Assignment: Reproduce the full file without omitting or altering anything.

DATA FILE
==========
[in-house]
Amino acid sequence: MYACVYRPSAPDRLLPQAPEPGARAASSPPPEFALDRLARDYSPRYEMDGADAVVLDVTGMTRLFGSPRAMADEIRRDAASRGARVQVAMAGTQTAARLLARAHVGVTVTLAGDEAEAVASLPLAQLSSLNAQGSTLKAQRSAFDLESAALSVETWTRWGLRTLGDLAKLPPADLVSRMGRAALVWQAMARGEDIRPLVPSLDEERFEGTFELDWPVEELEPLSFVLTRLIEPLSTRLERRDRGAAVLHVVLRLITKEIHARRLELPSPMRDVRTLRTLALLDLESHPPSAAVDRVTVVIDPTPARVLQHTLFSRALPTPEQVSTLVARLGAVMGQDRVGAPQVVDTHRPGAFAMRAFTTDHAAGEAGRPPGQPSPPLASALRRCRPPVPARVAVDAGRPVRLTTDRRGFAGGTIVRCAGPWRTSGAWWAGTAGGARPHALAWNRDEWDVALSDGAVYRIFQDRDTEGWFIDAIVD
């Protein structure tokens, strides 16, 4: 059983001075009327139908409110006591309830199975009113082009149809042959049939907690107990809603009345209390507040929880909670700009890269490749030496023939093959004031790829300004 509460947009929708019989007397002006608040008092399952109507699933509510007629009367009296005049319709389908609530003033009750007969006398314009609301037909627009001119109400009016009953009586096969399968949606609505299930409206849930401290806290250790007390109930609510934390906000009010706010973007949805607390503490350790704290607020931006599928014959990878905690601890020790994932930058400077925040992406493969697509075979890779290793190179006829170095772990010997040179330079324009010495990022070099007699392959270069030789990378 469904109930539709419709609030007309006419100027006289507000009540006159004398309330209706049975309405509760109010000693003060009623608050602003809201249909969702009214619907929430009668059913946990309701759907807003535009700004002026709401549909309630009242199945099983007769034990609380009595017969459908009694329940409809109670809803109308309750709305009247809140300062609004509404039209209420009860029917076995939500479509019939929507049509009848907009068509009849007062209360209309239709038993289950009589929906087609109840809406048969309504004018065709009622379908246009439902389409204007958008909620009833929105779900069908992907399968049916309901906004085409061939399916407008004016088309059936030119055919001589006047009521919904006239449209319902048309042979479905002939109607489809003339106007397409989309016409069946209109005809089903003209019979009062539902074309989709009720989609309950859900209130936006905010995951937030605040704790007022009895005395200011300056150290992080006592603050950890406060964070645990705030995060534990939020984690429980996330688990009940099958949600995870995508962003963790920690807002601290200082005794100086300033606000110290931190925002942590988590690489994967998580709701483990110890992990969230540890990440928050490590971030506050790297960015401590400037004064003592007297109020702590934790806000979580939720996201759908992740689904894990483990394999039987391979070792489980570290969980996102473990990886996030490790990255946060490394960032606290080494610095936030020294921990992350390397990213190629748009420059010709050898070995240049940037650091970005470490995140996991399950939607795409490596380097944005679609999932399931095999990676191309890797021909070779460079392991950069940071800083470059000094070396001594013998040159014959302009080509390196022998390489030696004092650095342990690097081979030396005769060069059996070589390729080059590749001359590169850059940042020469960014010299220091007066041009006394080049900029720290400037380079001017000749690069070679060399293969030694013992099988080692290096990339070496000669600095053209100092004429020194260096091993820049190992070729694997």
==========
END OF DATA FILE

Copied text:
[in-house]
Amino acid sequence: MYACVYRPSAPDRLLPQAPEPGARAASSPPPEFALDRLARDYSPRYEMDGADAVVLDVTGMTRLFGSPRAMADEIRRDAASRGARVQVAMAGTQTAARLLARAHVGVTVTLAGDEAEAVASLPLAQLSSLNAQGSTLKAQRSAFDLESAALSVETWTRWGLRTLGDLAKLPPADLVSRMGRAALVWQAMARGEDIRPLVPSLDEERFEGTFELDWPVEELEPLSFVLTRLIEPLSTRLERRDRGAAVLHVVLRLITKEIHARRLELPSPMRDVRTLRTLALLDLESHPPSAAVDRVTVVIDPTPARVLQHTLFSRALPTPEQVSTLVARLGAVMGQDRVGAPQVVDTHRPGAFAMRAFTTDHAAGEAGRPPGQPSPPLASALRRCRPPVPARVAVDAGRPVRLTTDRRGFAGGTIVRCAGPWRTSGAWWAGTAGGARPHALAWNRDEWDVALSDGAVYRIFQDRDTEGWFIDAIVD
């Protein structure tokens, strides 16, 4: 059983001075009327139908409110006591309830199975009113082009149809042959049939907690107990809603009345209390507040929880909670700009890269490749030496023939093959004031790829300004 509460947009929708019989007397002006608040008092399952109507699933509510007629009367009296005049319709389908609530003033009750007969006398314009609301037909627009001119109400009016009953009586096969399968949606609505299930409206849930401290806290250790007390109930609510934390906000009010706010973007949805607390503490350790704290607020931006599928014959990878905690601890020790994932930058400077925040992406493969697509075979890779290793190179006829170095772990010997040179330079324009010495990022070099007699392959270069030789990378 469904109930539709419709609030007309006419100027006289507000009540006159004398309330209706049975309405509760109010000693003060009623608050602003809201249909969702009214619907929430009668059913946990309701759907807003535009700004002026709401549909309630009242199945099983007769034990609380009595017969459908009694329940409809109670809803109308309750709305009247809140300062609004509404039209209420009860029917076995939500479509019939929507049509009848907009068509009849007062209360209309239709038993289950009589929906087609109840809406048969309504004018065709009622379908246009439902389409204007958008909620009833929105779900069908992907399968049916309901906004085409061939399916407008004016088309059936030119055919001589006047009521919904006239449209319902048309042979479905002939109607489809003339106007397409989309016409069946209109005809089903003209019979009062539902074309989709009720989609309950859900209130936006905010995951937030605040704790007022009895005395200011300056150290992080006592603050950890406060964070645990705030995060534990939020984690429980996330688990009940099958949600995870995508962003963790920690807002601290200082005794100086300033606000110290931190925002942590988590690489994967998580709701483990110890992990969230540890990440928050490590971030506050790297960015401590400037004064003592007297109020702590934790806000979580939720996201759908992740689904894990483990394999039987391979070792489980570290969980996102473990990886996030490790990255946060490394960032606290080494610095936030020294921990992350390397990213190629748009420059010709050898070995240049940037650091970005470490995140996991399950939607795409490596380097944005679609999932399931095999990676191309890797021909070779460079392991950069940071800083470059000094070396001594013998040159014959302009080509390196022998390489030696004092650095342990690097081979030396005769060069059996070589390729080059590749001359590169850059940042020469960014010299220091007066041009006394080049900029720290400037380079001017000749690069070679060399293969030694013992099988080692290096990339070496000669600095053209100092004429020194260096091993820049190992070729694997």